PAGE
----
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Yemeni forces raid hideout

The Associated Press. This image provided by IntelCenter Wednesday and taken from a video released Jan. 23, 2009, by al-Malahim Media Foundation, the media arm of Al-Qaida in the Arabian Peninsula, shows men whom IntelCenter identifies as the senior leaders of al-Qaida in the Arabian Peninsula, from left to right: Abu Hurayrah Qasim al-Reemi, Said al-Shihri, Naser Abdel Karim al-Wahishi, alias Abu Basir, and Abu al-Hareth Muhammad al-Oufi.

The Associated Press. This image provided by IntelCenter Wednesday and taken from a video released Jan. 23, 2009, by al-Malahim Media Foundation, the media arm of Al-Qaida in the Arabian Peninsula, shows men whom IntelCenter identifies as the senior leaders of al-Qaida in the Arabian Peninsula, from left to right: Abu Hurayrah Qasim al-Reemi, Said al-Shihri, Naser Abdel Karim al-Wahishi, alias Abu Basir, and Abu al-Hareth Muhammad al-Oufi.

SAN'A, Yemen -- Yemeni forces raided an al-Qaida hideout and set off a gunbattle Wednesday as the government vowed to eliminate the group that claimed it was behind the Christmas bombing attempt on a U.S. airliner.

The fighting took place in an al-Qaida stronghold in western Yemen, haven for a group that attacked the U.S. Embassy here in 2008, killing 10 Yemeni guards and four civilians. A government statement said at least one suspected militant was arrested during the clashes.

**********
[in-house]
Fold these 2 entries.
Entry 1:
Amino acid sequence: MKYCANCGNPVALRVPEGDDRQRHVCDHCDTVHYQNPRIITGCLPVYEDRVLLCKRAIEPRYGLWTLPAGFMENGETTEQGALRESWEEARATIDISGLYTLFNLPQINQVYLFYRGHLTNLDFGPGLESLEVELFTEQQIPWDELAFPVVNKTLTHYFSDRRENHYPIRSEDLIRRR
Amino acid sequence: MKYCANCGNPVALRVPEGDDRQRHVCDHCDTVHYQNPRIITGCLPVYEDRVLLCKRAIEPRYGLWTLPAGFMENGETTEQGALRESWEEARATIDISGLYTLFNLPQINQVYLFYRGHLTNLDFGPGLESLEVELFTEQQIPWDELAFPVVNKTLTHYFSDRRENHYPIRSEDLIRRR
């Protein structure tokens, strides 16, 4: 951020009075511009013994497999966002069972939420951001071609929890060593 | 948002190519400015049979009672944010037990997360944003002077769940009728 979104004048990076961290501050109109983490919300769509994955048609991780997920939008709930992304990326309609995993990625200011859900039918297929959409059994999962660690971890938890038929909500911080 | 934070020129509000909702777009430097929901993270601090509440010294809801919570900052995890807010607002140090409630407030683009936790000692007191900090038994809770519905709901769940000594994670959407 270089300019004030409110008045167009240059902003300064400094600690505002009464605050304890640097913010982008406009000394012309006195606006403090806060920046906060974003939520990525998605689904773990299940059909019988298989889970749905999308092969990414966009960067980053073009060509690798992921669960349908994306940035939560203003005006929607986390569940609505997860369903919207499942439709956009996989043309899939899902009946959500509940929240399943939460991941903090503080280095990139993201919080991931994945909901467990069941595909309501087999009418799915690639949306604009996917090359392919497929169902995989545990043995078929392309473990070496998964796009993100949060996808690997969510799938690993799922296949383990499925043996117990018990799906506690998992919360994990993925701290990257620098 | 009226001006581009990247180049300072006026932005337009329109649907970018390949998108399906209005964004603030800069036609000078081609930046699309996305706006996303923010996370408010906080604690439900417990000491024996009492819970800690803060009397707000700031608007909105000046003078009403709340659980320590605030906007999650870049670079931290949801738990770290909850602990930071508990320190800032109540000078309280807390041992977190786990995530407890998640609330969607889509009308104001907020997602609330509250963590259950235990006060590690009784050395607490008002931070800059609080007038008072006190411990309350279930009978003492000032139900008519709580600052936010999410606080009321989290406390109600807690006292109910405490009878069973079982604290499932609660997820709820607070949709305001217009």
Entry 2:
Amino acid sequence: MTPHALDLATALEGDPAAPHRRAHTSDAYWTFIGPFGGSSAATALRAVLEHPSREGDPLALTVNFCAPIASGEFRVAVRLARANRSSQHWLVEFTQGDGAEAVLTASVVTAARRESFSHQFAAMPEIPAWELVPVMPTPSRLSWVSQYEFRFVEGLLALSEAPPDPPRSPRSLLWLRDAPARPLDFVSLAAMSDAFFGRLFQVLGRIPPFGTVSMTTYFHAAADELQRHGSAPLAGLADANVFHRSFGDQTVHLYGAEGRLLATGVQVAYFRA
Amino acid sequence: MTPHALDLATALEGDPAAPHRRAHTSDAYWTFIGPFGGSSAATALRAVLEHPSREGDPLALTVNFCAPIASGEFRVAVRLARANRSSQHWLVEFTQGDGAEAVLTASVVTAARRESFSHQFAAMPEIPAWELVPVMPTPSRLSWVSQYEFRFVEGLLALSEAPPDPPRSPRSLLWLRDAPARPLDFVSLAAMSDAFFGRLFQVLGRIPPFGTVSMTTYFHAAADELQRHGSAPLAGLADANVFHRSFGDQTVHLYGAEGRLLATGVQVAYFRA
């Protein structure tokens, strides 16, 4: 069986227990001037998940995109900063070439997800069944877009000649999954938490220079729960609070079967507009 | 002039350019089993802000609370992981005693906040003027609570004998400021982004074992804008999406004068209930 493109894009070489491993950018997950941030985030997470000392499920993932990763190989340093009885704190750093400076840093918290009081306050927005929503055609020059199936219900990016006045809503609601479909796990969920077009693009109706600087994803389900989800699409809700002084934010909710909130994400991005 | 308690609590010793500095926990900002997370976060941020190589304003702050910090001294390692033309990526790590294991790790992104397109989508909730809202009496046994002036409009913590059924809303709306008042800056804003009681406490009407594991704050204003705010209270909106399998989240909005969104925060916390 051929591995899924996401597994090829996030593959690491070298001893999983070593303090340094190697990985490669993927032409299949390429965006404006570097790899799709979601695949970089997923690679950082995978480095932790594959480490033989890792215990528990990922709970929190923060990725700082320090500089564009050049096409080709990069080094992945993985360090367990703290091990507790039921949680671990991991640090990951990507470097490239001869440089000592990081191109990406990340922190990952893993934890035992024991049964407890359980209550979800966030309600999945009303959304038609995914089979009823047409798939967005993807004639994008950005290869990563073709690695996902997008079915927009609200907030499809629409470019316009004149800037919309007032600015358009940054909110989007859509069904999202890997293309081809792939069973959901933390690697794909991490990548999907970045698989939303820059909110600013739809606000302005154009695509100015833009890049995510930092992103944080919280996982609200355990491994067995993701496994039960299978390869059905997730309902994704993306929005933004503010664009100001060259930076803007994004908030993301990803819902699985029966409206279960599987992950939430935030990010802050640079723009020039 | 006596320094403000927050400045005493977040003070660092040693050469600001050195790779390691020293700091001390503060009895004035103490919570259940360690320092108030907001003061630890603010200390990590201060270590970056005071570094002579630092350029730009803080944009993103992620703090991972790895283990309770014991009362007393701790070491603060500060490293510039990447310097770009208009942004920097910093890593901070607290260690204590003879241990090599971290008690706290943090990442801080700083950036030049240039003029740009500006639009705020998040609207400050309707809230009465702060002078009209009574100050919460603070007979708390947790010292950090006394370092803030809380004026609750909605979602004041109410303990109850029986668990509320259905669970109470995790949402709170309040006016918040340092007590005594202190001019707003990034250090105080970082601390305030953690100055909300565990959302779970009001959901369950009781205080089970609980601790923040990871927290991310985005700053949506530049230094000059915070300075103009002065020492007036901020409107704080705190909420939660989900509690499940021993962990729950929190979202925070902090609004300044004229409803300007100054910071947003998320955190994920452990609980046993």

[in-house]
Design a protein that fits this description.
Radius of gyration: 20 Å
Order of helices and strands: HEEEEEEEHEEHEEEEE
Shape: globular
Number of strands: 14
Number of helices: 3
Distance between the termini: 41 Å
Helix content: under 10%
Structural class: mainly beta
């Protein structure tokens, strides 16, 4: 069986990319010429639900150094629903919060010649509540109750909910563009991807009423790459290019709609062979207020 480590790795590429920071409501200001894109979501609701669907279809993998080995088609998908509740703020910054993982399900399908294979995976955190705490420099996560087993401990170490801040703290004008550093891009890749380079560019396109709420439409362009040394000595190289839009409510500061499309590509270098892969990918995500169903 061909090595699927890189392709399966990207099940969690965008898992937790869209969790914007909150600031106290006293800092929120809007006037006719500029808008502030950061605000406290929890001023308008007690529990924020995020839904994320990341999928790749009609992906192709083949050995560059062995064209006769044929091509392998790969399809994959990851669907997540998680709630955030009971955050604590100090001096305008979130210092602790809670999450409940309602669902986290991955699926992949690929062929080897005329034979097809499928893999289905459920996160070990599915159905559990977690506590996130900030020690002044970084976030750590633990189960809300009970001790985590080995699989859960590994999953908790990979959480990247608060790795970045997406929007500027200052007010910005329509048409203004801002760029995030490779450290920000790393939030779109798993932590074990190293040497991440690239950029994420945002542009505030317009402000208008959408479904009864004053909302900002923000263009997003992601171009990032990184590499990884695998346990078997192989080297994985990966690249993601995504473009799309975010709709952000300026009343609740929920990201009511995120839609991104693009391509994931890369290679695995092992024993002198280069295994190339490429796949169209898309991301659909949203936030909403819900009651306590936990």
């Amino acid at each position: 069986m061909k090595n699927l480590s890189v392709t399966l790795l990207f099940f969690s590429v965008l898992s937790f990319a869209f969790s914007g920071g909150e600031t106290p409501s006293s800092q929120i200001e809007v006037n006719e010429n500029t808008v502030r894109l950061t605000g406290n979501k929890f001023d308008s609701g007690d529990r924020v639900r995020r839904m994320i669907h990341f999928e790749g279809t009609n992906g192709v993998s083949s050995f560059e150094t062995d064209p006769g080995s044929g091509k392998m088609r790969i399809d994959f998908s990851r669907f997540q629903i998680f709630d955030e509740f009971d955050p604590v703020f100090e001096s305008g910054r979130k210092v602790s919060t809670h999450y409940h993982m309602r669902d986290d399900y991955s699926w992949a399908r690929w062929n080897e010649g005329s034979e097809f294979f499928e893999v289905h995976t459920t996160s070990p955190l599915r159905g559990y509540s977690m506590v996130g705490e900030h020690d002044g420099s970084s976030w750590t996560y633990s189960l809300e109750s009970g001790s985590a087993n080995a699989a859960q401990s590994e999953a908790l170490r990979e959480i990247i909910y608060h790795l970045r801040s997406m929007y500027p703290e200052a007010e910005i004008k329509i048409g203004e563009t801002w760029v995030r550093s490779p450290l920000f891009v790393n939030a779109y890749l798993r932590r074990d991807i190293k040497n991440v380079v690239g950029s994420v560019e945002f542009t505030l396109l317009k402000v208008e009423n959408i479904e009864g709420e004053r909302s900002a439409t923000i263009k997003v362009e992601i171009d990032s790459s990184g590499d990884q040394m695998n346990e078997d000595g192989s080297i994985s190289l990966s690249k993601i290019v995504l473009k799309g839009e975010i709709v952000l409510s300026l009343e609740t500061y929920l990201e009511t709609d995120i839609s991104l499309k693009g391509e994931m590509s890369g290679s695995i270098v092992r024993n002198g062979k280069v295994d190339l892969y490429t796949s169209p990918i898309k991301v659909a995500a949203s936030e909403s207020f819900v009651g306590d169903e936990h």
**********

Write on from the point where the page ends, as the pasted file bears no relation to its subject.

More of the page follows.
''The (Interior) Ministry will continue tracking down al-Qaida terrorists and will continue its strikes against the group until it is totally eliminated,'' Deputy Interior Minister Brig. Gen. Saleh al-Zawari told senior military officials at a meeting in Mareb, another province believed to shelter al-Qaida fighters.

Al-Qaida in the Arabian Peninsula, an offshoot of Osama bin Laden's group, claimed it was behind the attempt to bomb a Detroit-bound airliner. Nigerian Umar Farouk Abdulmutallab, a 23-year-old passenger, was arrested Friday after he allegedly tried to bring down the Northwest Airlines flight, carrying 289 people.

U.S. investigators said Abdulmutallab told them he received training and instructions from al-Qaida operatives in Yemen. Yemen's government has said Abdulmutallab spent two periods in the country, from 2004-05 and from August to December of this year, just before the attempted attack.

Abdulmutallab's Yemen connection has drawn attention to al-Qaida's growing presence in the impoverished and lawless country, which is located on the tip of the Arabian Peninsula across the Gulf of Aden from Somalia.

Wednesday's clashes took place in Hudaydah province, an al-Qaida stronghold along the Red Sea coast. A security official said the target was a house owned by an al-Qaida sympathizer. The official said the owner was arrested, a suspected al-Qaida member was injured and several militants who fled were being pursued. He spoke on condition of anonymity because he was not authorized to speak to the press.

Before Wednesday's clashes, Yemeni forces backed by U.S. intelligence carried out two major strikes against al-Qaida hideouts this month, reportedly killing more than 60 militants.

The United States has increasingly provided intelligence, surveillance and training to Yemeni forces during the past year, and has provided some firepower, according to a senior U.S. defense official, who requested anonymity because he was not authorized to discuss the subject.

Defense Department spokesman Bryan Whitman said Yemen received $67 million in training and support under the Pentagon's counterterrorism program last year, second only to some $112 million spent in Pakistan.